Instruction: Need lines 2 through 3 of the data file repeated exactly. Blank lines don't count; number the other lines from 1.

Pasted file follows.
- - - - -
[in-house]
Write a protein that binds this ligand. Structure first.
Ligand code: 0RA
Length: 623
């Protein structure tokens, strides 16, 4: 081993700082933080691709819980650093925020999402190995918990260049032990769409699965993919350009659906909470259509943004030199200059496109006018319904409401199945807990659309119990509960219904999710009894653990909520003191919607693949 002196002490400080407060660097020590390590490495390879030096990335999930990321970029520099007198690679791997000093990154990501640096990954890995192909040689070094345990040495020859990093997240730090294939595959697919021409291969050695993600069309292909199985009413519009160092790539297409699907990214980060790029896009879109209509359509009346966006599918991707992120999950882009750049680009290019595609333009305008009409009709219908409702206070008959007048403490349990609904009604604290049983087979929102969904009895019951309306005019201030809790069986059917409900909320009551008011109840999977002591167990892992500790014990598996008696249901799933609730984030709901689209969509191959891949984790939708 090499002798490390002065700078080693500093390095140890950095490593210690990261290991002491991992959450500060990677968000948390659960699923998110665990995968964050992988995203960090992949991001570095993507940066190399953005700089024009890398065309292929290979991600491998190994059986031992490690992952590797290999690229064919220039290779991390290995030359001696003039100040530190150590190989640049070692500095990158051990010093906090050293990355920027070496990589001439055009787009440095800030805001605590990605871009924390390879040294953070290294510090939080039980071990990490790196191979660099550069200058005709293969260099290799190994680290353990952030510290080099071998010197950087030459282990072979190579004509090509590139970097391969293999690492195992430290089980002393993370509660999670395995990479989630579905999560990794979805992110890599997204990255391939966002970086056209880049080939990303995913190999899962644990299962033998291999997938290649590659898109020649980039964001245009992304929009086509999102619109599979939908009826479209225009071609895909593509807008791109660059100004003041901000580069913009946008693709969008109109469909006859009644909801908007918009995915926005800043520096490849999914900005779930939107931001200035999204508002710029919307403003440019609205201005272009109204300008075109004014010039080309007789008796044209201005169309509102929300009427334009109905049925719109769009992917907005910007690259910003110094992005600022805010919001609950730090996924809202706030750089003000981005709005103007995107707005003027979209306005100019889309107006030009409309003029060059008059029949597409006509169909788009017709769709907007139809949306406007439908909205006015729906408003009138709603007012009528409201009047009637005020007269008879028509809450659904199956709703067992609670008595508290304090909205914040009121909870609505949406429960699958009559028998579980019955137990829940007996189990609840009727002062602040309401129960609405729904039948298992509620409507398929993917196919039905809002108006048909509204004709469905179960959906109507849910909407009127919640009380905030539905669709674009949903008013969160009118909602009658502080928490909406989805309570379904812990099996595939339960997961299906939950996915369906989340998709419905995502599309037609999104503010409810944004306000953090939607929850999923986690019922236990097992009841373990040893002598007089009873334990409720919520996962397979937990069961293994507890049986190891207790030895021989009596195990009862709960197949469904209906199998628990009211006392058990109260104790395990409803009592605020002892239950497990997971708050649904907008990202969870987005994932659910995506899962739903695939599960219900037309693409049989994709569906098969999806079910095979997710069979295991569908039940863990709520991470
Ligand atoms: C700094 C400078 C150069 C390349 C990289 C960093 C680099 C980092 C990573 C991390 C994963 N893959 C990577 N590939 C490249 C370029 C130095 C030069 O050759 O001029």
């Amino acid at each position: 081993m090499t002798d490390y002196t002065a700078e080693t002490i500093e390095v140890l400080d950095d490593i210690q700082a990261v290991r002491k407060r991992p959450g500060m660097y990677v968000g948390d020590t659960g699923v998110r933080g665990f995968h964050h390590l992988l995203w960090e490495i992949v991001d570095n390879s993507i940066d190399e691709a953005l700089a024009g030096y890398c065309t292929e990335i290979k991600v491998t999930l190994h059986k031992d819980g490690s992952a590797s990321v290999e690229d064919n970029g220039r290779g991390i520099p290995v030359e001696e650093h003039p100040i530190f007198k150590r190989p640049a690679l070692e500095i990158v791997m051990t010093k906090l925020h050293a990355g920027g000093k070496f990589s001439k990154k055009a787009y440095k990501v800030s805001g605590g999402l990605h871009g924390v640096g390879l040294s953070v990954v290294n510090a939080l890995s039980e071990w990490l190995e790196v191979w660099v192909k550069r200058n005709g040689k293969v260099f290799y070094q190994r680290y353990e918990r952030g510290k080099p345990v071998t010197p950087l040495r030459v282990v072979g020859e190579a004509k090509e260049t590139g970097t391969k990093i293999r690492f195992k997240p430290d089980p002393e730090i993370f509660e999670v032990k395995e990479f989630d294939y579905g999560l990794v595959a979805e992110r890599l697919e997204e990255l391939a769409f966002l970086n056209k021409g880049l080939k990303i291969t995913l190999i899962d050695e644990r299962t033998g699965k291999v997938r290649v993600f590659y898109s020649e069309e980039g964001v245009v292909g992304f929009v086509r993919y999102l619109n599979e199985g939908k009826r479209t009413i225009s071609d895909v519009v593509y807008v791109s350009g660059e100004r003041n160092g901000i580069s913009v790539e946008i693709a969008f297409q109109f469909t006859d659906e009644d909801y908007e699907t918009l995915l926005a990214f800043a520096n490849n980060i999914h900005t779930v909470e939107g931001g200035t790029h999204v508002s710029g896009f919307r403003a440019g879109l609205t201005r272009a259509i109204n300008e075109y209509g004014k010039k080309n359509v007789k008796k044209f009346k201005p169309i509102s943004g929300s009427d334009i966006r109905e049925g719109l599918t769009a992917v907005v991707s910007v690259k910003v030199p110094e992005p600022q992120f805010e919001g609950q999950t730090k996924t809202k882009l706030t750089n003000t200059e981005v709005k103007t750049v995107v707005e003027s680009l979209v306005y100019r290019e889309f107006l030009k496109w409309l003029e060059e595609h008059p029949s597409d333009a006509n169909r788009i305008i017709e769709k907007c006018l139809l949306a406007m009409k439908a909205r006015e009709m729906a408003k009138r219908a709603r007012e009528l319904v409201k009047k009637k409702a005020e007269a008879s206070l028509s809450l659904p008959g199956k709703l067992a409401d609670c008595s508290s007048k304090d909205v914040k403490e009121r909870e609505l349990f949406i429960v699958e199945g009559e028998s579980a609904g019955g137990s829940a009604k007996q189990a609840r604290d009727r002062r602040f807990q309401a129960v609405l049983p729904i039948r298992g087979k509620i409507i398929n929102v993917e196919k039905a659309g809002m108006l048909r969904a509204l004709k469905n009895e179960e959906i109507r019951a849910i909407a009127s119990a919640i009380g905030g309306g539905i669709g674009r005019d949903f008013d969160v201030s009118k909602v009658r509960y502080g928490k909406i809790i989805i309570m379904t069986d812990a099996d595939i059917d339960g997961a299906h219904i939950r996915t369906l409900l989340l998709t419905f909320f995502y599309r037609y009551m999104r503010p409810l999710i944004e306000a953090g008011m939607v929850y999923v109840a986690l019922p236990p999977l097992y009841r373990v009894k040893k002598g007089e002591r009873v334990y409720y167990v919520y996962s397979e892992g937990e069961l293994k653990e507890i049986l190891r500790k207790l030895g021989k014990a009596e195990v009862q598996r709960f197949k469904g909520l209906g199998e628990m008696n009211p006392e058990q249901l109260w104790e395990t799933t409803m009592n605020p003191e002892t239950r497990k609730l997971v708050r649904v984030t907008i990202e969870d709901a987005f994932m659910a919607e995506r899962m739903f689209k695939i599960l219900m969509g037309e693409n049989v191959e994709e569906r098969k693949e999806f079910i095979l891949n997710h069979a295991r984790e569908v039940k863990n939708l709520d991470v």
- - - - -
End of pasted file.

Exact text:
Write a protein that binds this ligand. Structure first.
Ligand code: 0RA